Interview with Pro Racing Driver João Paulo de Oliveira

  • By Clarence

Niseko was a bustle of activity last week with the official UCI Gran Fondo World Series qualifier event, Niseko Classic 2024, happening on the morning of 16 June. Setsu Niseko welcomed and hosted several riders participating in this annual road race event, including João Paulo de Oliveira, a professional racing driver currently competing in the Japanese Super GT Series. This time, he came to Niseko as a participant for the Niseko Classic 150-kilometre race, finishing 9th in his age group and qualifying for this year’s UCI Gran Fondo World Championships. Big congratulations from the Setsu team. 

After the race, Mr. Oliveira shared with us his experience over the Niseko Classic weekend and his stay at Setsu Niseko.

Photo Credit: Nobuhiko Tanabe

Please briefly introduce yourself.

My name is João Paulo de Oliveira. I’m 42 years old, born in São Paulo, Brazil. I am a professional racing driver.

You’re known as a professional racing driver but how did you get into road cycling/racing? How is it different from car racing?

I originally started cycling as training for car racing, but within a few years I started to develop a passion for cycling and nowadays it’s more than just training, it’s a way of life.

It’s different in a way that in cycling I basically have control over everything. I decide when to start, when to finish, what route to take and I decide how I like to do my training. In car racing, there are many other things involved in preparation. In order to do practice, you need to book a racing circuit, you need a team to prepare the car and everything costs a lot more. So in terms of access, cycling is a lot more accessible and easy to do.

How was your experience participating in the Niseko Classic race this year? Any particular high points of the race for you?

It was incredible! I prepared myself well for the event and really enjoyed myself. I was riding in the leading group of the race after 100km, but with about 40km remaining there was a crash involving riders in front of me and they fell only a few metres in front of me. I slowed down to avoid them but unfortunately, I got hit from behind by another rider and went down as well. Many riders were involved. I had some damage to my bike as my brake lever was completely bent, my chain was jammed and my bike computer was thrown away from the bike. So I needed a couple of minutes to put back my chain, fix the brake lever, and find my computer on the other side of the road. At that moment the race completely changed for me because I went from comfortably riding with the lead group and sharing the work with other riders to riding all out alone for the final 40km and having no one to share the work with. It was incredibly harder, but I was proud to ride through the pain on my body to finish 9th, which enabled me to qualify for the World championships in Denmark later this year.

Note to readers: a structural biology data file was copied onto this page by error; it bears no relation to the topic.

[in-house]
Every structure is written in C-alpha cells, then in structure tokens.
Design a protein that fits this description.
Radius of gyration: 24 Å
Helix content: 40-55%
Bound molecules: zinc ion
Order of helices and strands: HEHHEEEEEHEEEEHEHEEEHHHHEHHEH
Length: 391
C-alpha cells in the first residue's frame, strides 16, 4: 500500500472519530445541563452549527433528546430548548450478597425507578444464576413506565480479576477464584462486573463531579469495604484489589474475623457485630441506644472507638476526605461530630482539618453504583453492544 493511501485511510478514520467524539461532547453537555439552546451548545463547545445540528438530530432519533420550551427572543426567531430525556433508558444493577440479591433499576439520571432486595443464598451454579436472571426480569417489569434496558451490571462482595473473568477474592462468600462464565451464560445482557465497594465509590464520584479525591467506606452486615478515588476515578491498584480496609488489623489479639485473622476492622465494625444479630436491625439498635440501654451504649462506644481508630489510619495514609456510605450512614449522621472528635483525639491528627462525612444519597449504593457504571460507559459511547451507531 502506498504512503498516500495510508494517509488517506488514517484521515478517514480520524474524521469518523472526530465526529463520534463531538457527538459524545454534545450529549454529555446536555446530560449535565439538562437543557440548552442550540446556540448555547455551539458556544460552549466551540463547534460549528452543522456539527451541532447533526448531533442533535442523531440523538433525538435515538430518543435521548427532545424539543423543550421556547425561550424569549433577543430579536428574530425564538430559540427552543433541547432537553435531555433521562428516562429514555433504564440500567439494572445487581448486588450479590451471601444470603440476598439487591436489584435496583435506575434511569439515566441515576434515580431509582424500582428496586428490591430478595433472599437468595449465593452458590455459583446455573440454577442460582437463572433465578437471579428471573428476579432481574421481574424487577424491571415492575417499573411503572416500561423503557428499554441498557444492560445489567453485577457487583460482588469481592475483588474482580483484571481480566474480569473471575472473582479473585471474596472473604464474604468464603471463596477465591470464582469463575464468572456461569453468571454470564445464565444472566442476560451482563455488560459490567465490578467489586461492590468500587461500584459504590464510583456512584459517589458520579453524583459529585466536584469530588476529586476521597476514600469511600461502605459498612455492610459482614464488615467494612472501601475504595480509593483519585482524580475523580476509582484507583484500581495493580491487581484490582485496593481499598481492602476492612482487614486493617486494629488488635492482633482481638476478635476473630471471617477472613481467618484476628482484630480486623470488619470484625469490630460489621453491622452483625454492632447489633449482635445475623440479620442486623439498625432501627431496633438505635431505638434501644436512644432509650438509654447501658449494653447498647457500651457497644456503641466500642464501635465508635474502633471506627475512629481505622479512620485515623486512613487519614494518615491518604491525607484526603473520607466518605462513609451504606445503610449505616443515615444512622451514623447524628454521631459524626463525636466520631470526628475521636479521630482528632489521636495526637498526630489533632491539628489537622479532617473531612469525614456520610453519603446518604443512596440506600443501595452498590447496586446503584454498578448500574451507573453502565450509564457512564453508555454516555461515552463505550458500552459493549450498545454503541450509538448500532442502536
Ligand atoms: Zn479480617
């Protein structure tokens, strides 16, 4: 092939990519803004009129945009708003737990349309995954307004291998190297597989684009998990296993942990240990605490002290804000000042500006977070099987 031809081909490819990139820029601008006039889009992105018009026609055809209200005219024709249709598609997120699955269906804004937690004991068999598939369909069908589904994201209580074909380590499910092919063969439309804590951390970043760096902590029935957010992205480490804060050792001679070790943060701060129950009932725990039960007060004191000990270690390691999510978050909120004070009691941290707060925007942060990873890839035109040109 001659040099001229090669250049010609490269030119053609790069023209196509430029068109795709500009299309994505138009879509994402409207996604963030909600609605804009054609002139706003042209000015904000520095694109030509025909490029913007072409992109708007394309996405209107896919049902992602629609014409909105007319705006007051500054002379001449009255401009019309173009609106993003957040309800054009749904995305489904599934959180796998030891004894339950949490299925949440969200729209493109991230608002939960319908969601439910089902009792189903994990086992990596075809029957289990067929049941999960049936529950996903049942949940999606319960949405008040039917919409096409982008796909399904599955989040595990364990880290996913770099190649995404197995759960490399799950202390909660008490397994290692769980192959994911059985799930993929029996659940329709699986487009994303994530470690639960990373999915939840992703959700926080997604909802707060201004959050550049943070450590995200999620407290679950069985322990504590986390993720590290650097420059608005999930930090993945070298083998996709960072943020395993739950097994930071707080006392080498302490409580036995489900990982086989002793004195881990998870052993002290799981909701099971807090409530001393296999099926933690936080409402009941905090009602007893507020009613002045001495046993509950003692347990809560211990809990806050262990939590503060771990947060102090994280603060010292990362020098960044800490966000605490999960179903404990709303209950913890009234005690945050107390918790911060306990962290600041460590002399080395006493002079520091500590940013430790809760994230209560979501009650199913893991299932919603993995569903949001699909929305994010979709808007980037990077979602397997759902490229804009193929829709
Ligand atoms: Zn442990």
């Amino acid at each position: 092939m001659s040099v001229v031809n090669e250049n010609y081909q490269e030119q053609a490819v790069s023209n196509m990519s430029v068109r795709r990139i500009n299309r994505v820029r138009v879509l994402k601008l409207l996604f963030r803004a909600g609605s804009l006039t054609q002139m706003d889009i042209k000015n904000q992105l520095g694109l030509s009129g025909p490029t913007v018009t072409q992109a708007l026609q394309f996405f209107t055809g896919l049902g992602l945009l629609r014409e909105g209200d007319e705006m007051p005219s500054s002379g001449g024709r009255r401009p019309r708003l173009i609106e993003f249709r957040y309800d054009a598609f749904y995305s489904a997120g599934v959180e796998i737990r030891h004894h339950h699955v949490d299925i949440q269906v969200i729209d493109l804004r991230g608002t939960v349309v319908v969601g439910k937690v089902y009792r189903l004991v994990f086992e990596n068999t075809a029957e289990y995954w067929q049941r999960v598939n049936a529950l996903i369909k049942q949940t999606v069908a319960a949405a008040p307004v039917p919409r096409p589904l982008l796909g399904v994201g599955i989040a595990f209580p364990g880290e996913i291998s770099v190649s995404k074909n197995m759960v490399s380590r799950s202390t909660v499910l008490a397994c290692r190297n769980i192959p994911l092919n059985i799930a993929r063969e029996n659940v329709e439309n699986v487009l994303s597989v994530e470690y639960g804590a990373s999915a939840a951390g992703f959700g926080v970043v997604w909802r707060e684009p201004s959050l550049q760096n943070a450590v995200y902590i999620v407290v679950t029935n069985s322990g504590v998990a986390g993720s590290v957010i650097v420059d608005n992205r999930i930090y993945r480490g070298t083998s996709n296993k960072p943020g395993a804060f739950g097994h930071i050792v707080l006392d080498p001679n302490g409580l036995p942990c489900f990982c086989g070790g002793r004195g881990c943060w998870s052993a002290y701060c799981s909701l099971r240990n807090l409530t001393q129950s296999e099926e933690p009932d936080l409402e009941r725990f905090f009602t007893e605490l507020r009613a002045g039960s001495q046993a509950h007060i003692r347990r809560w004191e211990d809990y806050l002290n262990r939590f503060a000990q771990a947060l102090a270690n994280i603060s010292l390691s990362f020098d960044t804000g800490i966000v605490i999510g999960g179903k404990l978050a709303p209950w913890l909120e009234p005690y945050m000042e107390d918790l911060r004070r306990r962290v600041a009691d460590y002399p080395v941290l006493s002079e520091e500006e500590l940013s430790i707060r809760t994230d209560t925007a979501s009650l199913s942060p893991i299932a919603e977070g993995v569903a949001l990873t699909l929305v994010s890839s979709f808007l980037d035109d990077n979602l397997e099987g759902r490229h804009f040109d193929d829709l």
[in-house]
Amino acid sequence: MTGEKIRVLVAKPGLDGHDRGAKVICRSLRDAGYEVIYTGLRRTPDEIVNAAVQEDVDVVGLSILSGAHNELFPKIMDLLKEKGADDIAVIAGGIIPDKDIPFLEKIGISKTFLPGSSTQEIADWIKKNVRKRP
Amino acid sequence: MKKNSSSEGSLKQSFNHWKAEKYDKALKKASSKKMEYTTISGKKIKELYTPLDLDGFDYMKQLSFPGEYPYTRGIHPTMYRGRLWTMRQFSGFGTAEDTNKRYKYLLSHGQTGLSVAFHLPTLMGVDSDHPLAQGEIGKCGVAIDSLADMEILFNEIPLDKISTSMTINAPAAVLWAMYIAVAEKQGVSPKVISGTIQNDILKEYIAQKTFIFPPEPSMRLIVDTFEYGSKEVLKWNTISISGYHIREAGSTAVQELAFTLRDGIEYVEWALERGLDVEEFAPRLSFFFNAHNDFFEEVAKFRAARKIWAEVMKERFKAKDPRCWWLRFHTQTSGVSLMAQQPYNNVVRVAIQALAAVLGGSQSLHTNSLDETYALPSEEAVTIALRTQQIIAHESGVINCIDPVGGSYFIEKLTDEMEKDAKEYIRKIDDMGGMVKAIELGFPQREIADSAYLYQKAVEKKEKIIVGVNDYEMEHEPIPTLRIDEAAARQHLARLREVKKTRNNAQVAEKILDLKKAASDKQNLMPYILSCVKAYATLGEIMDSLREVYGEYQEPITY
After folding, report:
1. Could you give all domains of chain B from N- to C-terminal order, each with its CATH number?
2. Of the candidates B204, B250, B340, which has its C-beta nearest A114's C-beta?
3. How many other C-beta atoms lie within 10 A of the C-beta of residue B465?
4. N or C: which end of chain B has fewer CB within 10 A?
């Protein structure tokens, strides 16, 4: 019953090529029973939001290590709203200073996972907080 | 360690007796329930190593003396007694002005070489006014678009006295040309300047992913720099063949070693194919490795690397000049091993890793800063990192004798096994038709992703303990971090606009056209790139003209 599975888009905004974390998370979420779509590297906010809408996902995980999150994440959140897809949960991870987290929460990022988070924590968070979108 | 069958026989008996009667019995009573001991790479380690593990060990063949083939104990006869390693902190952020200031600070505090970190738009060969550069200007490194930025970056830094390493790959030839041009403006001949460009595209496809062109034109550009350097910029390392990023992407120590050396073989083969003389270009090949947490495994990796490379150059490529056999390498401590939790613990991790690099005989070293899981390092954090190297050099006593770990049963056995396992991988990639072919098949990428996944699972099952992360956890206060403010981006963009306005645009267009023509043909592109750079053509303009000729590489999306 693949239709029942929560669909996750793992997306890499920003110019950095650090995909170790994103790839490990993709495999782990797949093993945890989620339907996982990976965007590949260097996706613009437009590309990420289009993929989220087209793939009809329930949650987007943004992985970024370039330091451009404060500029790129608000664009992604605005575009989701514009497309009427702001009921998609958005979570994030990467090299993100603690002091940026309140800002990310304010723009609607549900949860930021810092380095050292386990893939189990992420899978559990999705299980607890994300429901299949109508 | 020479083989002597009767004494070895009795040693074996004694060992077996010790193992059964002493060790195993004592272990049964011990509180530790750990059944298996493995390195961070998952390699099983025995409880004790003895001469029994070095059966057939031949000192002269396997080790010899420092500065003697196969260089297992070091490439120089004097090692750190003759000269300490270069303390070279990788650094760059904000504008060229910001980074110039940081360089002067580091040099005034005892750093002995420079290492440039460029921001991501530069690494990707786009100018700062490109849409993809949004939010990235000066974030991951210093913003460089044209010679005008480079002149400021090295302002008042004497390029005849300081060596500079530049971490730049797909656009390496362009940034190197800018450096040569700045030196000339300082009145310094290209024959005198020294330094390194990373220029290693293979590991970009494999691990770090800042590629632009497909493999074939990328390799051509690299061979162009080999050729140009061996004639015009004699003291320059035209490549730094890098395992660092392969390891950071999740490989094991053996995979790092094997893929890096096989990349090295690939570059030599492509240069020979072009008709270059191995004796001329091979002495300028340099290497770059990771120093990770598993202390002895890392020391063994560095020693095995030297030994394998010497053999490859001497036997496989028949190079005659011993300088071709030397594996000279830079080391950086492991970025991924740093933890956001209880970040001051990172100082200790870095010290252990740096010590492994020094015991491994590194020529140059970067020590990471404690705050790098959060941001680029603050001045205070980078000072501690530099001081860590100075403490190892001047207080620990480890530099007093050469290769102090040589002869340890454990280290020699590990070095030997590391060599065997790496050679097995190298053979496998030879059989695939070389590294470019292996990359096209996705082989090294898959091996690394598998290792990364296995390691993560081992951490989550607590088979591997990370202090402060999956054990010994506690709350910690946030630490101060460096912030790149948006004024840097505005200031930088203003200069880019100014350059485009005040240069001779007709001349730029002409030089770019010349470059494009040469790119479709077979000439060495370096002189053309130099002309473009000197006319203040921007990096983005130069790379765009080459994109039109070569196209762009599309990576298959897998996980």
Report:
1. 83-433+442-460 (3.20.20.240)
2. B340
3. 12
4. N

Photo Credit: Nobuhiko Tanabe

How did you prepare yourself for this year’s race?

I did plenty of training rides every week using the distance and elevation similar to the race profile of Niseko, 150km with 2,500m of altitude gain.

You arrived 3 days earlier ahead of race day. How did you condition yourself for the race during those 3 days?

I was feeling slightly under the weather in the weeks before the race. When you’re preparing for a race, usually you do the hard training until a week before the event and then in the final week you need to give your body more time to rest. So, in those 3 days I made sure to get enough rest and eat well in order to be as fit as I could. I thoroughly enjoyed soaking in the Setsu onsen in the afternoons and doing some stretch work after that. The food at the hotel’s restaurant, méli mélo, was superb and it made my life so much easier. All I had to do was focus on the race! On race day, we had breakfast from 4am, so I had a few rice balls, a frittata and some fruits before the start.

What made you decide to stay with Setsu Niseko this year? What did you like about your stay?

I searched for information online on the best options near the start line and Setsu stood out. I was truly happy to stay at Setsu and look forward to coming back again. The hotel has a very peaceful feel, some incredible food and the onsen is very helpful to relax before an event like that. I really enjoyed the breakfasts with high quality ingredients which powered me during the days I was there.

Would you recommend riders to stay in Setsu Niseko? What are the good points of staying with us?

I would recommend everyone for sure. The location is absolutely the best combined with all the amenities and infrastructure. There are many positive points about staying at Setsu, but if I had to name one, I would say breakfast on race day at 4am was very special.

Photo Credit: Nobuhiko Tanabe

Lastly, do you have any plans of coming back again next year? Any new goals after a successful finish this year?

Absolutely! I plan to come back next year and improve my result. Now that Niseko has been announced for the World Championship venue for 2026, I want to be in my best shape to try and be able to win the Worlds.

Once again, congratulations on a successful race this year and we are happy to have been a part of your journey in the Niseko Classic 2024. We look forward to welcoming you again next year.

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